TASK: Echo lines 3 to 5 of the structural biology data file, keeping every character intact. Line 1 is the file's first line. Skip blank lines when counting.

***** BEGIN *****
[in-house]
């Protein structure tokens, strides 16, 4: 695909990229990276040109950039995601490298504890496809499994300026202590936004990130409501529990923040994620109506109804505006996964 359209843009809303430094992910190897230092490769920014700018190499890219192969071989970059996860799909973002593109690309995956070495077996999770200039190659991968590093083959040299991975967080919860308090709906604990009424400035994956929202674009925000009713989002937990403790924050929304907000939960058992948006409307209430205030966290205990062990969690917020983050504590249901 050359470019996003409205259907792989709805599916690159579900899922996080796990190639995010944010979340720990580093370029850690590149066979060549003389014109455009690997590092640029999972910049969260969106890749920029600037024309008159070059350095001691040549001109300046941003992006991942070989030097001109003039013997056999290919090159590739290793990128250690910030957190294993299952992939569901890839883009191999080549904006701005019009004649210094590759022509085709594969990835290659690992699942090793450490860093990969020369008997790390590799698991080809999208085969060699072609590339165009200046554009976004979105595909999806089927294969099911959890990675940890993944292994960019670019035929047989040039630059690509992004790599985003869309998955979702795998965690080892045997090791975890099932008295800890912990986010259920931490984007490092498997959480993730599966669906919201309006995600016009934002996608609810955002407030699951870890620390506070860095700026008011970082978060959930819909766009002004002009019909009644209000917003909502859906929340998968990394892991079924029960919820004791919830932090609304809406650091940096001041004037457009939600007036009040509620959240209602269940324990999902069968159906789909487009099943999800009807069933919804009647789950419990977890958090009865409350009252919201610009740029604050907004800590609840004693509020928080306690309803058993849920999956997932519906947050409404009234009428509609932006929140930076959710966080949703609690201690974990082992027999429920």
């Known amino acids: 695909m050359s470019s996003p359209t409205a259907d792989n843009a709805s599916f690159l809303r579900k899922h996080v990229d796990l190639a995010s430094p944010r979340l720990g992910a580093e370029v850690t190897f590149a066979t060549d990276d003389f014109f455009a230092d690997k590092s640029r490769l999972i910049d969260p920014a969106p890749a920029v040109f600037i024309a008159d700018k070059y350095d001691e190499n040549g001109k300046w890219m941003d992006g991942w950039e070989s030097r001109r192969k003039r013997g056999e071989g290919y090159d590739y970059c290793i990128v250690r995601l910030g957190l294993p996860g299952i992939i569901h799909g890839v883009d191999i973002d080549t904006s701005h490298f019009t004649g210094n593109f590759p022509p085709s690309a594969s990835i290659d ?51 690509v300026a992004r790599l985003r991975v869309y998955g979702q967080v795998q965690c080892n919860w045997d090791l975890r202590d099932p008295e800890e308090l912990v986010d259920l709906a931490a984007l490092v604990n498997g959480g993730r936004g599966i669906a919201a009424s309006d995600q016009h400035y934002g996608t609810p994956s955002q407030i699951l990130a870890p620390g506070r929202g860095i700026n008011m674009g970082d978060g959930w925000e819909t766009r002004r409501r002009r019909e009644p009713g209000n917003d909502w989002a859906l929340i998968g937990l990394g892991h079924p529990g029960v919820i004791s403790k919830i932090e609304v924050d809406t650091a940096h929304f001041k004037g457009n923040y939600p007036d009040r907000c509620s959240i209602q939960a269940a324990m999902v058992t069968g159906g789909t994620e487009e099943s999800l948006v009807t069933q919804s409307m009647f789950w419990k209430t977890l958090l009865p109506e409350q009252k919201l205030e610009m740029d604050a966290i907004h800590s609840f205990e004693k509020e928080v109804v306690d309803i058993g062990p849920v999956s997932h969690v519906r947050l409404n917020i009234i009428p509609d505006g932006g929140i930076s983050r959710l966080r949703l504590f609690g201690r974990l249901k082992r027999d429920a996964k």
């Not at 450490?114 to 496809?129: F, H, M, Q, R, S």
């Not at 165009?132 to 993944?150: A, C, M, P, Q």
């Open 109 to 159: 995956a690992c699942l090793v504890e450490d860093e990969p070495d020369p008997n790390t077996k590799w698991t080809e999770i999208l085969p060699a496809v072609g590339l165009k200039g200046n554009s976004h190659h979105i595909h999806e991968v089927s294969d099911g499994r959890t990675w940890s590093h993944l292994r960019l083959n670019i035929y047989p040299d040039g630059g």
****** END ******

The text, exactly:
């Known amino acids: 695909m050359s470019s996003p359209t409205a259907d792989n843009a709805s599916f690159l809303r579900k899922h996080v990229d796990l190639a995010s430094p944010r979340l720990g992910a580093e370029v850690t190897f590149a066979t060549d990276d003389f014109f455009a230092d690997k590092s640029r490769l999972i910049d969260p920014a969106p890749a920029v040109f600037i024309a008159d700018k070059y350095d001691e190499n040549g001109k300046w890219m941003d992006g991942w950039e070989s030097r001109r192969k003039r013997g056999e071989g290919y090159d590739y970059c290793i990128v250690r995601l910030g957190l294993p996860g299952i992939i569901h799909g890839v883009d191999i973002d080549t904006s701005h490298f019009t004649g210094n593109f590759p022509p085709s690309a594969s990835i290659d ?51 690509v300026a992004r790599l985003r991975v869309y998955g979702q967080v795998q965690c080892n919860w045997d090791l975890r202590d099932p008295e800890e308090l912990v986010d259920l709906a931490a984007l490092v604990n498997g959480g993730r936004g599966i669906a919201a009424s309006d995600q016009h400035y934002g996608t609810p994956s955002q407030i699951l990130a870890p620390g506070r929202g860095i700026n008011m674009g970082d978060g959930w925000e819909t766009r002004r409501r002009r019909e009644p009713g209000n917003d909502w989002a859906l929340i998968g937990l990394g892991h079924p529990g029960v919820i004791s403790k919830i932090e609304v924050d809406t650091a940096h929304f001041k004037g457009n923040y939600p007036d009040r907000c509620s959240i209602q939960a269940a324990m999902v058992t069968g159906g789909t994620e487009e099943s999800l948006v009807t069933q919804s409307m009647f789950w419990k209430t977890l958090l009865p109506e409350q009252k919201l205030e610009m740029d604050a966290i907004h800590s609840f205990e004693k509020e928080v109804v306690d309803i058993g062990p849920v999956s997932h969690v519906r947050l409404n917020i009234i009428p509609d505006g932006g929140i930076s983050r959710l966080r949703l504590f609690g201690r974990l249901k082992r027999d429920a996964k």
């Not at 450490?114 to 496809?129: F, H, M, Q, R, S």
């Not at 165009?132 to 993944?150: A, C, M, P, Q």